Utilizing ACH Check Verification to Mitigate Payment Processing Risks

A 2023 Guide for Checking Account Validation

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Table of Contents:

  1. What is ACH check verification?
    1. Why is it necessary?
    2. New NACHA rule requiring checking account validation for website payments
  2. Mitigating onboarding risk
  3. Credit card authorization vs ACH verification
  4. Functions of ACH Verification
    1. Automated Routing Number Check
    2. Negative Database Options
    3. Real-time Inquiries into Current Checking Account Status
    4. Checking Account Balance Inquiries
  5. Case Study
  6. Payment Rejects
    1. Issues to Address
  7. Third Party Services
  8. Pricing information
  9. Additional Checking Account Verification Resources

Businesses can significantly reduce payment acceptance risk with electronic check verification tools by performing real-time validation of a customer’s bank account, ensuring that the account is active with a positive funds status.

**Important Mandated Checking Account Validation Changes: Detailed info here

Beginning March 2021, NACHA will implement a new rule that mandates enhanced checking account verification measures.

Businesses that debit payments via ACH for online or web based orders are required to implement enhanced fraud detection to comply with the new NACHA web debit account validation mandate.

Specifically, the organization will require such businesses to include, at a minimum, Checking Account Validation as part of a “commercially reasonable fraudulent transaction detection system.”



What is Electronic Check Verification?

ACH Check Verification allows merchants to mitigate check acceptance risk at the point of sale, online or in person. By validating checking accounts before client onboarding businesses can reduce failed or rejected customer payments.

Checking account verification options range from automated routing number check to negative database options to near real-time inquiries into current checking account status, and checking account balance inquiries (which require the customer to either log-in or provide credentials to their online banking system).

Immediate checking account verification tools are especially effective at mitigating the risk of using bad data when setting up recurring payment plans.

Beginning in March 2021, NACHA will implement a new rule that mandates enhanced checking account validation and verification measures.

Businesses that debit payments via ACH for online or web-based orders are required to implement enhanced fraud detection to comply with the new NACHA web debit account validation mandate 

Specifically, the organization will require such businesses to include, at a minimum, Checking Account Validation as part of a “commercially reasonable fraudulent transaction detection system.”

The change enhances NACHA’s anti-fraud attempts. Simply stated, the new NACHA checking account validation rule means checking to make sure that the checking account routing and account numbers submitted for a given ACH transaction are valid. By valid we mean the account is open.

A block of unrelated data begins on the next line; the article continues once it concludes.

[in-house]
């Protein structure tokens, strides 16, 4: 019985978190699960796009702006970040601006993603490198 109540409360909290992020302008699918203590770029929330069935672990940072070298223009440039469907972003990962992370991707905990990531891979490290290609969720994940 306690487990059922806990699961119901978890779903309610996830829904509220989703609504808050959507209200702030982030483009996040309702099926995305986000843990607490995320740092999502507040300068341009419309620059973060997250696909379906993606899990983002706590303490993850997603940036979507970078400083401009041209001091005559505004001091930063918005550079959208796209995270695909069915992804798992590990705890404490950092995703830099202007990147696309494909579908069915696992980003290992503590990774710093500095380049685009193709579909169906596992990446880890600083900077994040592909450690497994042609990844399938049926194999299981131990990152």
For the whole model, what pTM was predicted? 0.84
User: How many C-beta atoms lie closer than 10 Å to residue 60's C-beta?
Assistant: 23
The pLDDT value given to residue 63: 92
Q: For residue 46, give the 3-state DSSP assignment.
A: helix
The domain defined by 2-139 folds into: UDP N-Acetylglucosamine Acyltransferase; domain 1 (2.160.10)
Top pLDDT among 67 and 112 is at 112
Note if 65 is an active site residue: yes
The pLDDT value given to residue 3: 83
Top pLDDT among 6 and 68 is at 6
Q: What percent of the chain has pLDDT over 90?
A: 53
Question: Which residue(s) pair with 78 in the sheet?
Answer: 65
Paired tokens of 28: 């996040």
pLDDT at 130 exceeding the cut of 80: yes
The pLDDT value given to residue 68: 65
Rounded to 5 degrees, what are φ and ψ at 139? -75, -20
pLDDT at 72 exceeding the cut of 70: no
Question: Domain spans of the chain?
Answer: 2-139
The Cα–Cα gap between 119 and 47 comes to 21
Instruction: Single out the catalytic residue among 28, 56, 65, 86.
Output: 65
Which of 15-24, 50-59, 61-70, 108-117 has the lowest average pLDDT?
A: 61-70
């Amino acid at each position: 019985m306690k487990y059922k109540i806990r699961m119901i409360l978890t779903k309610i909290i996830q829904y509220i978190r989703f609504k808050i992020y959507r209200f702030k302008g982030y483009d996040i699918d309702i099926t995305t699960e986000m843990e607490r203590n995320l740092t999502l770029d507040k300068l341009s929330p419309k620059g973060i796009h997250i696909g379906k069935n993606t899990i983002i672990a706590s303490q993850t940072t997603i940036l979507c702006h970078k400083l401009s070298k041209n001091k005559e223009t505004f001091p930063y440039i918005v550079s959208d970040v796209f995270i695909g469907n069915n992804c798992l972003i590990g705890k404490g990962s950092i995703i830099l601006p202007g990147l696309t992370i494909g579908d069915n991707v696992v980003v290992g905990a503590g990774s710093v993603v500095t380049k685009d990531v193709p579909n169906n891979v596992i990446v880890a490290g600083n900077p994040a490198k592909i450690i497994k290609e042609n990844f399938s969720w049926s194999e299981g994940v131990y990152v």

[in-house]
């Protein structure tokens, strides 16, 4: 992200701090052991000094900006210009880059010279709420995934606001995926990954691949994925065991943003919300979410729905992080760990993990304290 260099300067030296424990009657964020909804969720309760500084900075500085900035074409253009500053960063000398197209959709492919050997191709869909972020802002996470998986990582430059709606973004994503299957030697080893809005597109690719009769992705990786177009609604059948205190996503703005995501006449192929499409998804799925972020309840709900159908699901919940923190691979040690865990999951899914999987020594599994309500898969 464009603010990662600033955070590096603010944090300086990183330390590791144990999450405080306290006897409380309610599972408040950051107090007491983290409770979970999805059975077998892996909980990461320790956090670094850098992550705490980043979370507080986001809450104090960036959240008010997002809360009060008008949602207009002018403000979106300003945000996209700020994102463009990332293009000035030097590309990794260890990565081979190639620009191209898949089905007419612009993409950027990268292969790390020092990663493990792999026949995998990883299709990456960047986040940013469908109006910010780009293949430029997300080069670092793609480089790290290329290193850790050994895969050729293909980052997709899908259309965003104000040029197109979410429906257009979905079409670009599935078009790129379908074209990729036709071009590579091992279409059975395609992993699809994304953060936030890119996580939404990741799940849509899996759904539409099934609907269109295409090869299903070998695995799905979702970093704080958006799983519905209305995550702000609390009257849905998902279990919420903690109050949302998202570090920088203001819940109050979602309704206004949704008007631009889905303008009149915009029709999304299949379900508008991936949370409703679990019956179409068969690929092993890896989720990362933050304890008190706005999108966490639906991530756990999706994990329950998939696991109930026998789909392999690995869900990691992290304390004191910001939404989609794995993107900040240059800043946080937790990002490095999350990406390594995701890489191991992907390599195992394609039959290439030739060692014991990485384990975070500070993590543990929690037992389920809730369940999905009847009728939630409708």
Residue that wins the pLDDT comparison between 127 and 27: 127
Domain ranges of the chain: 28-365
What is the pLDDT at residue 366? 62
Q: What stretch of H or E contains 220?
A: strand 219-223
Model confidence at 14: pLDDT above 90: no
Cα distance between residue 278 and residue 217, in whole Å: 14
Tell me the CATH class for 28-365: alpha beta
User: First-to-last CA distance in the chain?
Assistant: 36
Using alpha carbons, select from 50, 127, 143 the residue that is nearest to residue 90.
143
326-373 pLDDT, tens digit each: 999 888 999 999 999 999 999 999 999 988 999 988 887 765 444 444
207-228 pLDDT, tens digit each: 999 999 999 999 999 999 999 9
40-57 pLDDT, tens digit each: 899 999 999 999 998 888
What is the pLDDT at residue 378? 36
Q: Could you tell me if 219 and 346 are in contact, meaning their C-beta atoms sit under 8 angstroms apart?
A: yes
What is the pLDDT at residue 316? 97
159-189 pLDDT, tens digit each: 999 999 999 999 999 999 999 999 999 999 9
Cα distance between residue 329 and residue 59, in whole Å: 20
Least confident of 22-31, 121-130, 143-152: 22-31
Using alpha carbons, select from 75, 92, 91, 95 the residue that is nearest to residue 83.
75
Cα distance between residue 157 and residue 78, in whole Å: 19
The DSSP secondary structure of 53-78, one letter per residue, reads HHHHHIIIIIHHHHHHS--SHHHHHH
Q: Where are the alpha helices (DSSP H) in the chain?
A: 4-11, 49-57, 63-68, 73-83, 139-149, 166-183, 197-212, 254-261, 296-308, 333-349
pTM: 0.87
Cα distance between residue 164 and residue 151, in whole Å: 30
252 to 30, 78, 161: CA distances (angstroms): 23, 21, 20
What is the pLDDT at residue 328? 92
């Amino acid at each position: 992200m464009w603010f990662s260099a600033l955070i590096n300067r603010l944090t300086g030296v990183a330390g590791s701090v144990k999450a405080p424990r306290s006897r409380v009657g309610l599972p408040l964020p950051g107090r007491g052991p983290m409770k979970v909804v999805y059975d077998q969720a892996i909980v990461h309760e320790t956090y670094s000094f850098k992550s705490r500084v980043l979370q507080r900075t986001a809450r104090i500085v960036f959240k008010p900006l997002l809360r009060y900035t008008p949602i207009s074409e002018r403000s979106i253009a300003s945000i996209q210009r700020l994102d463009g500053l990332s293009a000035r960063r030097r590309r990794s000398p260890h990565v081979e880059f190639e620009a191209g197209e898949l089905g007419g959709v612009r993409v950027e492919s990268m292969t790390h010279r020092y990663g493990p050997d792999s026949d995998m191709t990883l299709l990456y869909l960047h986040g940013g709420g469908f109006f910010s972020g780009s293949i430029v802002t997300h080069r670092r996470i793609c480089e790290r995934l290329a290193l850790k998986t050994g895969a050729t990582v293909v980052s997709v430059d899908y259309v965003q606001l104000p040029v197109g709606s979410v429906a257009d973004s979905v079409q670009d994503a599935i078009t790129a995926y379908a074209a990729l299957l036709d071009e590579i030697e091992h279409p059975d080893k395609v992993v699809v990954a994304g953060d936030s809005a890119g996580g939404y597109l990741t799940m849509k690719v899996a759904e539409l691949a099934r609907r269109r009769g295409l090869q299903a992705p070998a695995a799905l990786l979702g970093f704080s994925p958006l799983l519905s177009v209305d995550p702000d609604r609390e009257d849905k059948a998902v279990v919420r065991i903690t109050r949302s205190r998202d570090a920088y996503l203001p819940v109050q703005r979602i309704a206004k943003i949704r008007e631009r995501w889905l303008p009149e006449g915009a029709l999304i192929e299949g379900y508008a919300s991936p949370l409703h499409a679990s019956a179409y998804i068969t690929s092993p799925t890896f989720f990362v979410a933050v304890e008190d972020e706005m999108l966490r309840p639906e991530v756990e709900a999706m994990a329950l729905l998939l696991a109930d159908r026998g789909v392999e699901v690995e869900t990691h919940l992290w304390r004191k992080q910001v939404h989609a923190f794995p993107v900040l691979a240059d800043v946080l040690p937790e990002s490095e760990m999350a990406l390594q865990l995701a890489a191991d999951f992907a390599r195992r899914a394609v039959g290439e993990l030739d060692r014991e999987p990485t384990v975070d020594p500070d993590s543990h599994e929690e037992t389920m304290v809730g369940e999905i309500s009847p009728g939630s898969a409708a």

Traditionally businesses rely on the consumer to input account information. For many reasons including bad data entry these transactions would get rejected when the customer’s bank received the debit instructions.

AgilePayments offers easy to implement, NACHA compliant solutions for this new mandate.

Contact us to discuss how we can help with checking account validation needs.


Onboarding Risk: What is it, and how do we mitigate it?

What are the risks associated with onboarding new customers?

Client onboarding is often a major friction point for businesses, especially those that rely on future recurring payments

So, what does this mean for your business?

Problems such as payment rejects or mis-entered customer data are usually only uncovered after payment is accepted, sometimes as long as days later. This means that businesses absolutely must know whether or not a bank account is valid.

A Check Verification Service allows a business to validate that an account is open and in good standing prior to the account being loaded into a recurring billing engine. This means that data entry, potentially closed accounts, or even fraud can be caught before “booking” the sale. The ability to potentially save a sale directly translates into a revenue uptick, as a subset of these clients will never be recovered.

Checking Account Verification Services also allow merchants to mitigate check acceptance risk at the point of sale, with account verification options ranging from negative database inquiries and automated routing number checks, to near real-time inquiries into current checking account status [eg open/closed]. 


Credit card authorization vs ACH verification

Unlike credit cards, the ACH realm lacks an authorization component. Credit cards allow for authorization at the time of payment,ensuring that a customer has the requisite funds on their cards, and reserving those funds for capture and settlement.

For some businesses this lack of an authorization means that (3)ACH Check Verification is necessary to mitigate payment acceptance risk, and prevent your newly onboarded customer from needing to perform a significant amount of work to obtain correct or valid checking account information.